The explosions and weapon effects are nothing to write home about. The human weaponry sounds just as you would expect. The explosions of the artillery and the beams from the sky don’t have the ooomph that something of such proportions should have. VOIP is sadly missing, but the voice commands that can be given through the push of a button will have to be sufficient. Luckily, VOIP is supposed to be added in a future patch, which will improve team communication by an exponential amount. Most of what I have written in this paragraph might sound negative, but the game’s sound is just average. Nothing special about it. Music is barely present in the game, only in the intro and while waiting for the mission to load. With the push of a button, you can bring up a map, the spawn menu, or the mission menu. Movement and shooting, as always, is controlled through the mouse and keyboard combo. You have the option to remap controls if the default setup doesn’t deliver the optimal feeling of control that is needed. Other than that, if you have played a first person shooter before, you will feel right at home with the control scheme that is present in the game. As with the previous incarnations of Enemy Territory, the game is mission based, with each mission containing multiple objectives. In Quake Wars, to achieve certain objectives, different classes will have to be played on the team. Having a team full of snipers or soldiers might seem like a good idea, but won’t allow the player to achieve victory in Quake Wars. For example, the player might have to hack a terminal and a covert ops character will be needed, as they are the only class that can hack. If everyone chooses a class other than the covert ops, the team will never have the opportunity to win. In online matches, it was nice to see a nice balanced loadout of classes, instead of a team of snipers or whatever flavor of the month class there is.

While we are on the subject of classes, both sides have 5 different variants that are similar in most aspects but do have some subtle differences. Usually, Strogg weapons cause more damage, but are prone to overheating. Human weapons don’t overheat, but have to be reloaded over time. The Strogg Aggressor/GDF Soldier can plant explosives and have the largest arsenal to choose from. The Strogg Infiltrator/Human CovertOps can steal uniforms from dead soldiers, hack objectives/turrets, and either use a terror drone (Strogg) or third eye (Human). The other three classes are the human medic/Strogg technician, the GDF Engineer/Strogg Constructor, and the Strogg Oppressor/GDF Field Ops. Through experience gained through the mission, unlocks are opened up. For example, faster runspeed, better or new weapons, and the ability to call in vehicles are just some of the unlockables. These are carried throughout the three missions in the campaign. Lets not forget the massive amounts of terran and aerial vehicles available.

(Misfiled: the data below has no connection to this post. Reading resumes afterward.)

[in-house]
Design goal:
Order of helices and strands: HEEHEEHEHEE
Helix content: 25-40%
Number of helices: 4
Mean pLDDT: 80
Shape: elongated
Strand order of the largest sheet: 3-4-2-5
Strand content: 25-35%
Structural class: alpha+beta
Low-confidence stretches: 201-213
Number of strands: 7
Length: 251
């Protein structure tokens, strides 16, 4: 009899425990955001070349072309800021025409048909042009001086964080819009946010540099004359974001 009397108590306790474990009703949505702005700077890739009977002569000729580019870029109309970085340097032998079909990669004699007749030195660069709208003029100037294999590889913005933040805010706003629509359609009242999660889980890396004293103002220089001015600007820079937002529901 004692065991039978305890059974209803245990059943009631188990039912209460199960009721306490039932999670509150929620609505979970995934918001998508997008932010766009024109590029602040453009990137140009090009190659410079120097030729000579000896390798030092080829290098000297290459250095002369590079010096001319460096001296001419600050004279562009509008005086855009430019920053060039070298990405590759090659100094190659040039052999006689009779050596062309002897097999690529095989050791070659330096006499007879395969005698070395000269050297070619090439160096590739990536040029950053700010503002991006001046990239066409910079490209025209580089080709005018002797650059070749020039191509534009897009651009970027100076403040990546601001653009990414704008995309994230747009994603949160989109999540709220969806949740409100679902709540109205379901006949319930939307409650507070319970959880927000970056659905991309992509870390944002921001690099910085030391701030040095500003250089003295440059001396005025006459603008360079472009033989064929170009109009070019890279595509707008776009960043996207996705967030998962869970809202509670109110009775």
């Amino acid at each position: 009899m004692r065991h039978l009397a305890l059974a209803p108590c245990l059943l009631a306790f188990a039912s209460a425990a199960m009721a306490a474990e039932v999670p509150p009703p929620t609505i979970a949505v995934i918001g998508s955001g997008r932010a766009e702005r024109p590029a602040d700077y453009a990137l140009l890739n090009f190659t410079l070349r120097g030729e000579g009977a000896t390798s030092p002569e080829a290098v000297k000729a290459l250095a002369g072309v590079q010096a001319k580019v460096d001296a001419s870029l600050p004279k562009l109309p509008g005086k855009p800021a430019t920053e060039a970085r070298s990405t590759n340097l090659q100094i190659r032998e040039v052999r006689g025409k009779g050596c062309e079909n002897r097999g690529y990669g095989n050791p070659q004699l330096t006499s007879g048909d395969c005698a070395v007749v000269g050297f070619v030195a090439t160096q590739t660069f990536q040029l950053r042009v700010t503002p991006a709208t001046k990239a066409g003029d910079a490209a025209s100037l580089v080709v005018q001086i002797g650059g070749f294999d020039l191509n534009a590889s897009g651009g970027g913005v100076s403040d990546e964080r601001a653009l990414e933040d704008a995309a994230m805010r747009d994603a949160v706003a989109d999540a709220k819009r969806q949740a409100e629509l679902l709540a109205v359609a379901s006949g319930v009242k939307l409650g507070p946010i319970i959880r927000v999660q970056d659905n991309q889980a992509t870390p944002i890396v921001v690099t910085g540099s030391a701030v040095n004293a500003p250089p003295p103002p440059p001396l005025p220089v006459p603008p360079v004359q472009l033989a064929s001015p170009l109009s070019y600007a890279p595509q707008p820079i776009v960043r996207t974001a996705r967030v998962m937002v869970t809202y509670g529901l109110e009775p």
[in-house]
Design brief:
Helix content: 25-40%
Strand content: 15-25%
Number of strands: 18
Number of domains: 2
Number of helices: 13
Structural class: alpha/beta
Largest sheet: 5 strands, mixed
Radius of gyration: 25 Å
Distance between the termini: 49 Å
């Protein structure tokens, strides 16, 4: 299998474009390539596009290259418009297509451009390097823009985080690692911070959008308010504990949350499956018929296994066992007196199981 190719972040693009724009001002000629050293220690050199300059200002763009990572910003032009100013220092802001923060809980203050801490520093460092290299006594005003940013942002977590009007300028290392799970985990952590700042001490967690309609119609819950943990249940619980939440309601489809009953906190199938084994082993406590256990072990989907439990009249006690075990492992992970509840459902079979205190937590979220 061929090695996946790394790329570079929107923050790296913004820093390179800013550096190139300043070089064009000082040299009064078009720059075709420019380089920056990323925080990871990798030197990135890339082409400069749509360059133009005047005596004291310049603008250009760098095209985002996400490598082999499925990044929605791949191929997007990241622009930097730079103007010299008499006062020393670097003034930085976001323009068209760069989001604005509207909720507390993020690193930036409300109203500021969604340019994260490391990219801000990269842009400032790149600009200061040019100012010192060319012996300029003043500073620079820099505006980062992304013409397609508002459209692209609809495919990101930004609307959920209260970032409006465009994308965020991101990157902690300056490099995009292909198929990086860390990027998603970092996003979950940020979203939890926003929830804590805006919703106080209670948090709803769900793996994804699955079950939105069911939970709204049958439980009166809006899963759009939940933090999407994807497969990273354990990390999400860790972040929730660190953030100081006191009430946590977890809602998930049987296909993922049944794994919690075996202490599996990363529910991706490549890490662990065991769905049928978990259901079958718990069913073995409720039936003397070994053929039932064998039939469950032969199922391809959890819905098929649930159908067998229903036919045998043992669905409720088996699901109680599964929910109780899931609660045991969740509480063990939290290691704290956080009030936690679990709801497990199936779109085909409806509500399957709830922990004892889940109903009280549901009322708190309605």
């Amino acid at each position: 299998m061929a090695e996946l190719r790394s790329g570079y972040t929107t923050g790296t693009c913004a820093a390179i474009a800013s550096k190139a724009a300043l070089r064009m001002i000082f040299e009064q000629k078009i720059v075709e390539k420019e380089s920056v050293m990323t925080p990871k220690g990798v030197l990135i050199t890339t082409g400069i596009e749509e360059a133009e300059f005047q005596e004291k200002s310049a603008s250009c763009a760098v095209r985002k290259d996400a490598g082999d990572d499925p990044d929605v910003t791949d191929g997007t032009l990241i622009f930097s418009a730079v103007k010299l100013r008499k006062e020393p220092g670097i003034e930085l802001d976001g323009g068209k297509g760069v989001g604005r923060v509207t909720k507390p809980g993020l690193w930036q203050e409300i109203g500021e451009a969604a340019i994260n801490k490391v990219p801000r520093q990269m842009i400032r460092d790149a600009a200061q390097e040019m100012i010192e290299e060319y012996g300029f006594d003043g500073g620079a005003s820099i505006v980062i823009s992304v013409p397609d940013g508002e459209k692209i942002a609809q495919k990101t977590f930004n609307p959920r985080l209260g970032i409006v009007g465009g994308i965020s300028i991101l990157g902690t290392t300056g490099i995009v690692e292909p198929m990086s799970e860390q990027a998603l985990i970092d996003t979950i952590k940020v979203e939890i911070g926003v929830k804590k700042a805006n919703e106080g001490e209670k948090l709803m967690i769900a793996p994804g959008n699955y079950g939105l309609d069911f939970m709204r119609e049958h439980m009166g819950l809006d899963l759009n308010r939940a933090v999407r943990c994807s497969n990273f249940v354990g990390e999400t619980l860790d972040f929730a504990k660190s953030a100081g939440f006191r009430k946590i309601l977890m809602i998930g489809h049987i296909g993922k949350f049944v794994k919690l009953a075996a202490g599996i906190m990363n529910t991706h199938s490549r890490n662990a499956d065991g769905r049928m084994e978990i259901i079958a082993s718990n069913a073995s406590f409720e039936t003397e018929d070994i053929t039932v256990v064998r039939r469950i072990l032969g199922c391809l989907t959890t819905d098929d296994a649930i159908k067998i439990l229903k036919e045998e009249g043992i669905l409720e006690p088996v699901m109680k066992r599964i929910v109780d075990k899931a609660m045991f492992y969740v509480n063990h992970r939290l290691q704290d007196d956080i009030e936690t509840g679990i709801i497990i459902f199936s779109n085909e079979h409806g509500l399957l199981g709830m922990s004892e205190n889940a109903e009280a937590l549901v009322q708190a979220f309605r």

One feature that I believe will bring this game out on top is the ability to grab missions. Think of them as quests that you can do for experience. For example, a covert ops might gain experience by disabling a turret while an engineer might gain experience by constructing an objective or repairing a structure. This makes it so that everyone is always doing something that will benefit the team.